Literature( and theater)
   While the literature of the 1920s is mostly remembered for the “lost generation” of writers who were disaffected, alienated, and often out of the country, the 1930s in particular are remembered for the novels of social protest and social realism, some often having a “proletarian” emphasis. Chief among these is John Steinbeck’s depiction of the rural poor in Grapes of Wrath (1939), but also significant was James T. Farrell’s Studs Lonigan trilogy (1932-1935) and Erskine Caldwell’s depiction of southern poverty in Tobacco Road (1932). The southern emphasis was also evident in the body of writing by William Faulkner. Politics too seemed important, as indicated in Sinclair Lewis’s It Can’t Happen Here (1933) or Ernest Hemingway’s novel of the Spanish Civil War, For Whom the Bell Tolls (1940). One of the most powerful books of racial protest, Native Son by African American author Richard Wright, also appeared in 1940. But not all writing was intent on grim realism. Children’s author Laura Ingalls Wilder had enormous success with her Little House novels, especially Little House on the Prairie (1935), looking back on pioneer days, and Margaret Mitchell’s Civil War romance Gone with the Wind (1936) was a great hit both as a book and film.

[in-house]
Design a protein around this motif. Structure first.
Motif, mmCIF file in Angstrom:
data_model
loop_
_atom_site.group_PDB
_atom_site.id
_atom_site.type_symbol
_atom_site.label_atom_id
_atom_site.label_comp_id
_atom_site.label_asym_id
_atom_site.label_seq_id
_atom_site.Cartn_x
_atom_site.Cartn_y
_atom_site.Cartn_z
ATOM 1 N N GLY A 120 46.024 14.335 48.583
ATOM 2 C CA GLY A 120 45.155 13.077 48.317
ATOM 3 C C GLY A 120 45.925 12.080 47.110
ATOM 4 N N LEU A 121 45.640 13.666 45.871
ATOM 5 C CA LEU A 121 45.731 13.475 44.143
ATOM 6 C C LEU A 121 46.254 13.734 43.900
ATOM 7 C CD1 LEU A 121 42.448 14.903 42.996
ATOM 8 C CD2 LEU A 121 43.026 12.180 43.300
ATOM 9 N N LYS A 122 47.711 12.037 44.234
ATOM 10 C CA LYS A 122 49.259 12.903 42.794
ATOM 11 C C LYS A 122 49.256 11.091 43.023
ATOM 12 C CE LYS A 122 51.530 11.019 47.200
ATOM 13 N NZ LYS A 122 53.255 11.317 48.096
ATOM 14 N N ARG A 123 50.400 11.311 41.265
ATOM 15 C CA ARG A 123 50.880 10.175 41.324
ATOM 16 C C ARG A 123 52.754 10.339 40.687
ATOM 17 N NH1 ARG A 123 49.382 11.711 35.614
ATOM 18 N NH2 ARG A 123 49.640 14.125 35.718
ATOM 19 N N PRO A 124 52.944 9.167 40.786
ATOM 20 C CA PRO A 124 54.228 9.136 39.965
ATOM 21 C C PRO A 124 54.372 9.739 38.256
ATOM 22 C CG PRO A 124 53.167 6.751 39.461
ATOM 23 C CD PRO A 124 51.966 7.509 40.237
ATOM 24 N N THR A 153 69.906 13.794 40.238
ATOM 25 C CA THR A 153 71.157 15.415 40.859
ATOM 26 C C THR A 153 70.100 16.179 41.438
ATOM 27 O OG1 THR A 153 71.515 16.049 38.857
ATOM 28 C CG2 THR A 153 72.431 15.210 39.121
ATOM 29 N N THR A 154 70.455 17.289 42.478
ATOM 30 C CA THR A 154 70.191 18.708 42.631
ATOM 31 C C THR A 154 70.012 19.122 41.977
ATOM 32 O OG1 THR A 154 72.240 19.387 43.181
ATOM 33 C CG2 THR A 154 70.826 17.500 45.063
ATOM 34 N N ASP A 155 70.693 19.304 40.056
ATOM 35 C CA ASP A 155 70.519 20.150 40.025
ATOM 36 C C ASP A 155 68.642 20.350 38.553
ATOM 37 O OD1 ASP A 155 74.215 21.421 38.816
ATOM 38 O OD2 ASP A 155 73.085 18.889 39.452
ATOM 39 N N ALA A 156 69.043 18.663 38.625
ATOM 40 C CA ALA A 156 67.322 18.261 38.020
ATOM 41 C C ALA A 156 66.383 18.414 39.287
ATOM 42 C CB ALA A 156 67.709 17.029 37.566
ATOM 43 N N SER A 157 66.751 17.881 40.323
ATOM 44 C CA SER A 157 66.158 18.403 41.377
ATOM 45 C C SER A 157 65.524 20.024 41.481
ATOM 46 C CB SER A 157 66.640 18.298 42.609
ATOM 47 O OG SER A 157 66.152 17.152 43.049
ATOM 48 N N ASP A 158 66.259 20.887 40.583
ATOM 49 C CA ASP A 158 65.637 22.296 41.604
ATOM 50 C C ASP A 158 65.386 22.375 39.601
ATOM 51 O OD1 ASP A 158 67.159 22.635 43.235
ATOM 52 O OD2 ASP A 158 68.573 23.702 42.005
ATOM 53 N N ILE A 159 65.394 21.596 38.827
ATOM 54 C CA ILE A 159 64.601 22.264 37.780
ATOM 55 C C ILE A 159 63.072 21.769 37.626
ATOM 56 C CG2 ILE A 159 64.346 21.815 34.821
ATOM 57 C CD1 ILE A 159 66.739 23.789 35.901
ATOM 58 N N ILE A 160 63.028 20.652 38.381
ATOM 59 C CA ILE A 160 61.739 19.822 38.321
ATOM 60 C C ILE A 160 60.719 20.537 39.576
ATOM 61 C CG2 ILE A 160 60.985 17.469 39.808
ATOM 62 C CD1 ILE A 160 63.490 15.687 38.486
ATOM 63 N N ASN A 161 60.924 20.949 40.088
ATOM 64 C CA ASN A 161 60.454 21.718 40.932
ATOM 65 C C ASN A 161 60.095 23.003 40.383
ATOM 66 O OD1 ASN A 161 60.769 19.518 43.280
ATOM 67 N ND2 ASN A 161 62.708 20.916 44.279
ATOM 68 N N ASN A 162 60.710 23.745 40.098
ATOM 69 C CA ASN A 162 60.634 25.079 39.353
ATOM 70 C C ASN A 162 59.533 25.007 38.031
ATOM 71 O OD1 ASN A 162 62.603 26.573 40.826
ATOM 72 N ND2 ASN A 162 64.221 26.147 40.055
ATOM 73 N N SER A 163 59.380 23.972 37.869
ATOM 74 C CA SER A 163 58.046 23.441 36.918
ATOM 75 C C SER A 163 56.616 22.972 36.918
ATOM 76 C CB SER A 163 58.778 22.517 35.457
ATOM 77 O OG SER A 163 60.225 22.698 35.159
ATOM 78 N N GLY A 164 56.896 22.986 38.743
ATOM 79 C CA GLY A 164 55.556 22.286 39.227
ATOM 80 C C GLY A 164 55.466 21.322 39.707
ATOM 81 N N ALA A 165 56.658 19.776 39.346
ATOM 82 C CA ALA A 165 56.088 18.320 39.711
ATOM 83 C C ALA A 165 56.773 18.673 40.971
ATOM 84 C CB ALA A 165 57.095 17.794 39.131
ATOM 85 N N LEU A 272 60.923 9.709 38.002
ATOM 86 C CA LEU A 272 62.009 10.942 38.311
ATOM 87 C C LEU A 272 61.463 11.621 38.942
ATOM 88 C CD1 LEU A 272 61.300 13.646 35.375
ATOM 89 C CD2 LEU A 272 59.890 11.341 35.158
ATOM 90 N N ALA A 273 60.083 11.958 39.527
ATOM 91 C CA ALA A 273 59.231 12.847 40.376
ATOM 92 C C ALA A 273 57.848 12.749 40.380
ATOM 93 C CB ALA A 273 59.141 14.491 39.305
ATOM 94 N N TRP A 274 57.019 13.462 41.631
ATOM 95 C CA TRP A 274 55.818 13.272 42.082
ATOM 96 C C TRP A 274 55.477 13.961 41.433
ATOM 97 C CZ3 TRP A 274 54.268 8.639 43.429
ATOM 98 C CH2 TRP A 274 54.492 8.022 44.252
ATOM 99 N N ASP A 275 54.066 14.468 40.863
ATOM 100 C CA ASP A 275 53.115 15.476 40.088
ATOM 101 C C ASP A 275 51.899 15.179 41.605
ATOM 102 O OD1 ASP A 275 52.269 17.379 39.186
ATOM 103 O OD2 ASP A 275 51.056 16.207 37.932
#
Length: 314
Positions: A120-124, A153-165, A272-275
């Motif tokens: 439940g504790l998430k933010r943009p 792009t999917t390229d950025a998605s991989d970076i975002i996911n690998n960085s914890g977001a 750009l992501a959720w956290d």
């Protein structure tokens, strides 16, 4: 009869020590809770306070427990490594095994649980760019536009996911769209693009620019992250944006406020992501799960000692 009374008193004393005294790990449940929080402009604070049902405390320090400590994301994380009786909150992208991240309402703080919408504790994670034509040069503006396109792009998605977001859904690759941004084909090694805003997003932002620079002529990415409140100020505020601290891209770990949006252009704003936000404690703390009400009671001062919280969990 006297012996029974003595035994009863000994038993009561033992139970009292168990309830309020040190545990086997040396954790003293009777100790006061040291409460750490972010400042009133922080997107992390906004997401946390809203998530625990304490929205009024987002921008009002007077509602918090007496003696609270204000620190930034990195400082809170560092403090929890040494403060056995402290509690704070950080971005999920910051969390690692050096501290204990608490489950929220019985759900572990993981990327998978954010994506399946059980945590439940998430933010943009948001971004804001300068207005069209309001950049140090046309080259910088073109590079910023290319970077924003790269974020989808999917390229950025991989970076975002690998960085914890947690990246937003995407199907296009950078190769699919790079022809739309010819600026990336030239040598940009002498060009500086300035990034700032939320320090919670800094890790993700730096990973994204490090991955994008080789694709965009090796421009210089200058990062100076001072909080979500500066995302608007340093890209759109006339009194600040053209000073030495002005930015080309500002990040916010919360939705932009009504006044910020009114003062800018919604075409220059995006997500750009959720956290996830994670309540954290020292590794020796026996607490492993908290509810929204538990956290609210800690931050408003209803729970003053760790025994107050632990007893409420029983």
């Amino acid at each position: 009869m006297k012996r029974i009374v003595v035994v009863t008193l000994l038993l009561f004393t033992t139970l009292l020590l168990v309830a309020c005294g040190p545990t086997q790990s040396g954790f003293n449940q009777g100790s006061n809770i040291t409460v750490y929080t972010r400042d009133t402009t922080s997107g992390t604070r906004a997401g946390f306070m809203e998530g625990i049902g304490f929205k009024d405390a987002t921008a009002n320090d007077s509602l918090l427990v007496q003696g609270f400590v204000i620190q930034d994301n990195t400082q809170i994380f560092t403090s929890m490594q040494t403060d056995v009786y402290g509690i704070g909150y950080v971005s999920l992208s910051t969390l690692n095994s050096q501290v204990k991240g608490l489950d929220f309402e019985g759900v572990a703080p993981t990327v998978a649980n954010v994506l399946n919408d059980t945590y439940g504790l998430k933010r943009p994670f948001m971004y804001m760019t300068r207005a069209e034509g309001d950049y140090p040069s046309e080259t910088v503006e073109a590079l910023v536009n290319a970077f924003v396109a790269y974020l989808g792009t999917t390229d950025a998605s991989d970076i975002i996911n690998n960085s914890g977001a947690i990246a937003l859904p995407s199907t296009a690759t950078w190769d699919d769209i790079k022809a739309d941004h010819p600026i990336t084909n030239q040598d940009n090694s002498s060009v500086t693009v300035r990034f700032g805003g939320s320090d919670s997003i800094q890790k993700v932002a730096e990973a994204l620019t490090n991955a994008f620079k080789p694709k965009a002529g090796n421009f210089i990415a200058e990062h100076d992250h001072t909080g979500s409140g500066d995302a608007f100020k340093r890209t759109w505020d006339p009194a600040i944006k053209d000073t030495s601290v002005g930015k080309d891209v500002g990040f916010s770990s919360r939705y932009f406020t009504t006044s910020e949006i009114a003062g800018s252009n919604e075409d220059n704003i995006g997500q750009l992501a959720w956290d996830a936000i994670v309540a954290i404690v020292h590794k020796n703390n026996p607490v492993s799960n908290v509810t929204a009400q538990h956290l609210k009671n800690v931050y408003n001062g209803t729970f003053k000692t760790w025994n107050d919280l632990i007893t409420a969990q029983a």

Some of the social themes examined by novelists were also explored by established playwright Eugene O’Neill in Ah, Wilderness! in 1933 and The Iceman Cometh, written in 1939 but staged in 1946. In 1936, O’Neill received the Nobel Prize for Literature for his work during the 1920s. Political comments can be found in Clifford Odets’s Waiting for Lefty (1935). Also significant is Lillian Hellman’s Children’s Hour (1934) and The Little Foxes (1939). The latter was made into a film in 1941 starring Bette Davis. Hellman was among those blacklisted during the period of McCarthyism in the 1950s, a theme that itself lay behind Arthur Miller’s postwar masterpiece The Crucible (1953). Miller had already established himself with earlier plays, especially Death of a Salesman (1949). The other major playwright of the period was Tennessee Williams, whose depiction of southern society in The Glass Menagerie (1944) and A Street Car Named Desire (1947) reflected similar concerns of Faulkner, of Eudora Welty in Delta Wedding (1946), and of Carson McCullers in The Heart Is a Lonely Hunter (1940), Reflections in a Golden Eye (1941), and The Member of the Wedding (1946). A number of new literary figures emerged during World War II. War poets Randall Jarrell and Karl Shapiro, novelist John Hersey with the Pulitzer Prize-winning A Bell for Adano (1944), Irwin Shaw with The Young Lions (1948), Norman Mailer with The Naked and the Dead (1948), and James Jones with From Here to Eternity (1951) all dealt with the subject of war, while issues of Jewishness and general alienation were central concerns of Saul Bellow first in Dangling Man (1944) and then in The Victim (1947). Bellow became a major writer from the 1950s through the 1970s. Alienated youth began to appear in novels such as J. D. Salinger’s Catcher in the Rye (1951), while Invisible Man, Ralph Ellison’s literary masterpiece dealing with the alienation of African Americans, was published in 1952. More popular literature included the religious novels of Lloyd C. Douglas, like The Robe (1943), and the historical romance by Kathryn Winsor, Forever Amber (1944). Both of these were made into films.